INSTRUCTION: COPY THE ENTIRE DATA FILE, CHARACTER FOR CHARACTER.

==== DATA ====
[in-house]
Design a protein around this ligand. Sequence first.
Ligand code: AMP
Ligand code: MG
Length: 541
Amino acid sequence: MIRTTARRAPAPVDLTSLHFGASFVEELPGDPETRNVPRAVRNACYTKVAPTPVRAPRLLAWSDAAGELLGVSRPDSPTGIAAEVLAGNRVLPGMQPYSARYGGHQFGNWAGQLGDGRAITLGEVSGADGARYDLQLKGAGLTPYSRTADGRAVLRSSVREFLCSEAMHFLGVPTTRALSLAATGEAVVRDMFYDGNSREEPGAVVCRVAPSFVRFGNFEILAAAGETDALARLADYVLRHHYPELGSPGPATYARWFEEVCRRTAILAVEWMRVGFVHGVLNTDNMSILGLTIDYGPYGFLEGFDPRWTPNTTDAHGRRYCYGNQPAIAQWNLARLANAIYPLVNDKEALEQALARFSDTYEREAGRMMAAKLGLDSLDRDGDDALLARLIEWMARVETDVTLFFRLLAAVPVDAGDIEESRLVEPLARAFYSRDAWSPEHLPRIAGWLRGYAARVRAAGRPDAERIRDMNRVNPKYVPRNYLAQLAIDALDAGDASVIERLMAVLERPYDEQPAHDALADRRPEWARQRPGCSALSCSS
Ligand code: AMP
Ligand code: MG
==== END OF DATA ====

[in-house]
Design a protein around this ligand. Sequence first.
Ligand code: AMP
Ligand code: MG
Length: 541
Amino acid sequence: MIRTTARRAPAPVDLTSLHFGASFVEELPGDPETRNVPRAVRNACYTKVAPTPVRAPRLLAWSDAAGELLGVSRPDSPTGIAAEVLAGNRVLPGMQPYSARYGGHQFGNWAGQLGDGRAITLGEVSGADGARYDLQLKGAGLTPYSRTADGRAVLRSSVREFLCSEAMHFLGVPTTRALSLAATGEAVVRDMFYDGNSREEPGAVVCRVAPSFVRFGNFEILAAAGETDALARLADYVLRHHYPELGSPGPATYARWFEEVCRRTAILAVEWMRVGFVHGVLNTDNMSILGLTIDYGPYGFLEGFDPRWTPNTTDAHGRRYCYGNQPAIAQWNLARLANAIYPLVNDKEALEQALARFSDTYEREAGRMMAAKLGLDSLDRDGDDALLARLIEWMARVETDVTLFFRLLAAVPVDAGDIEESRLVEPLARAFYSRDAWSPEHLPRIAGWLRGYAARVRAAGRPDAERIRDMNRVNPKYVPRNYLAQLAIDALDAGDASVIERLMAVLERPYDEQPAHDALADRRPEWARQRPGCSALSCSS
Ligand code: AMP
Ligand code: MG